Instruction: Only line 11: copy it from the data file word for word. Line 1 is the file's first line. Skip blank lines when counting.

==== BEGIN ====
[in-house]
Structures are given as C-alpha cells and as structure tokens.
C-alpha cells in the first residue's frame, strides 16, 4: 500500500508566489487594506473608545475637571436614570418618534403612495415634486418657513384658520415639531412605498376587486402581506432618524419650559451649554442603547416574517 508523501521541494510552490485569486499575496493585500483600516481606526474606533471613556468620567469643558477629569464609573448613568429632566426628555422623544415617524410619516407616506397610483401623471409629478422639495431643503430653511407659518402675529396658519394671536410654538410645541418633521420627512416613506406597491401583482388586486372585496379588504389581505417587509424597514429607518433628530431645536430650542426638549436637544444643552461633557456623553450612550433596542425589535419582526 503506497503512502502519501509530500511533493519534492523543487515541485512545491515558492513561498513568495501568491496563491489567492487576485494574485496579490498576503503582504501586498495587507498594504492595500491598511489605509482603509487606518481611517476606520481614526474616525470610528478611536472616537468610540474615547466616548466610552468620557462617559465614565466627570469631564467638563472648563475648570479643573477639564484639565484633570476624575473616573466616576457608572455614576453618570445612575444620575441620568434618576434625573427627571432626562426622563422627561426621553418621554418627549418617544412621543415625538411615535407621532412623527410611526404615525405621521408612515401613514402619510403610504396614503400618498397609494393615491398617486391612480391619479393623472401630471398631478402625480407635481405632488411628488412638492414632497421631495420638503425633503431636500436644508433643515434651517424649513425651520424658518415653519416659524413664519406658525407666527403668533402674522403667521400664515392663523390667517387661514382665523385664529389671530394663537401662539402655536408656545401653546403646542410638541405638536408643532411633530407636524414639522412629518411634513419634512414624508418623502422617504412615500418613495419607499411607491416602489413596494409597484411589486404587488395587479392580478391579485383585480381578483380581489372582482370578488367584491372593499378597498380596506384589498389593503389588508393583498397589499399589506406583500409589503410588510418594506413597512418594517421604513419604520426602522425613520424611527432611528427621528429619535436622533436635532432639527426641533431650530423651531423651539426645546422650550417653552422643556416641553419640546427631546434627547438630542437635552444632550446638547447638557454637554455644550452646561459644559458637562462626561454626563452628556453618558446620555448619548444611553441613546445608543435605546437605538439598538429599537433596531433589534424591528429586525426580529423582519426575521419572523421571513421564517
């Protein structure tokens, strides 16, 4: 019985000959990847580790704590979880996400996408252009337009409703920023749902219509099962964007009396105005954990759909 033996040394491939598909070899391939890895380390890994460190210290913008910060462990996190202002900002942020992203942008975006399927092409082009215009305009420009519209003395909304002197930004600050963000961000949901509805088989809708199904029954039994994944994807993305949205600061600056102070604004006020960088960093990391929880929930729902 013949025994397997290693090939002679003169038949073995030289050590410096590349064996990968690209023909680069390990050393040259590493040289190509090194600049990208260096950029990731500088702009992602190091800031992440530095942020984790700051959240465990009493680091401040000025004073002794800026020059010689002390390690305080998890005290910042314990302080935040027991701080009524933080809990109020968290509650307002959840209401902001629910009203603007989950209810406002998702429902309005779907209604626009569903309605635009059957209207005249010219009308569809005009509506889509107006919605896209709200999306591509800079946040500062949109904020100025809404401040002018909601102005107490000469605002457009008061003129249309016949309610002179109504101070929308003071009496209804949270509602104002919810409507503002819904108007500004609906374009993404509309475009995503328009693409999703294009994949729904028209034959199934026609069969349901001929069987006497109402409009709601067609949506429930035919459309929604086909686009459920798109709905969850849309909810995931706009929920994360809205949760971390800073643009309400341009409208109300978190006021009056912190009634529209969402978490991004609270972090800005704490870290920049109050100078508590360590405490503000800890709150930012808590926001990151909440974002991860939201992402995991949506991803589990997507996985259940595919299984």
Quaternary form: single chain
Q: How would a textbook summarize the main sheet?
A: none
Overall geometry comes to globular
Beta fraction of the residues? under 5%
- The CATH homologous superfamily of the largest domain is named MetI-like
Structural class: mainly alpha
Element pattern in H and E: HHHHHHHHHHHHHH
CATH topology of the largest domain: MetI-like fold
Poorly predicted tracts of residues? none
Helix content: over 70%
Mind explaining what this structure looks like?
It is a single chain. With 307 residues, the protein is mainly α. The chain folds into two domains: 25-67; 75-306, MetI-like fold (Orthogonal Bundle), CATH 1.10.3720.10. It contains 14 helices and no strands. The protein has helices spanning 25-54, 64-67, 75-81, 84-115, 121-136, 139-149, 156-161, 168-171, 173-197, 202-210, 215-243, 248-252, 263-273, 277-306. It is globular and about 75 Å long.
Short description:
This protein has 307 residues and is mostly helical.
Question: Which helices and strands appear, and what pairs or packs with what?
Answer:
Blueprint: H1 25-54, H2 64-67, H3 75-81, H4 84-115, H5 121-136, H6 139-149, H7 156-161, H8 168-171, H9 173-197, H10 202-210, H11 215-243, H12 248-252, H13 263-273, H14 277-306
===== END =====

Structural class: mainly alpha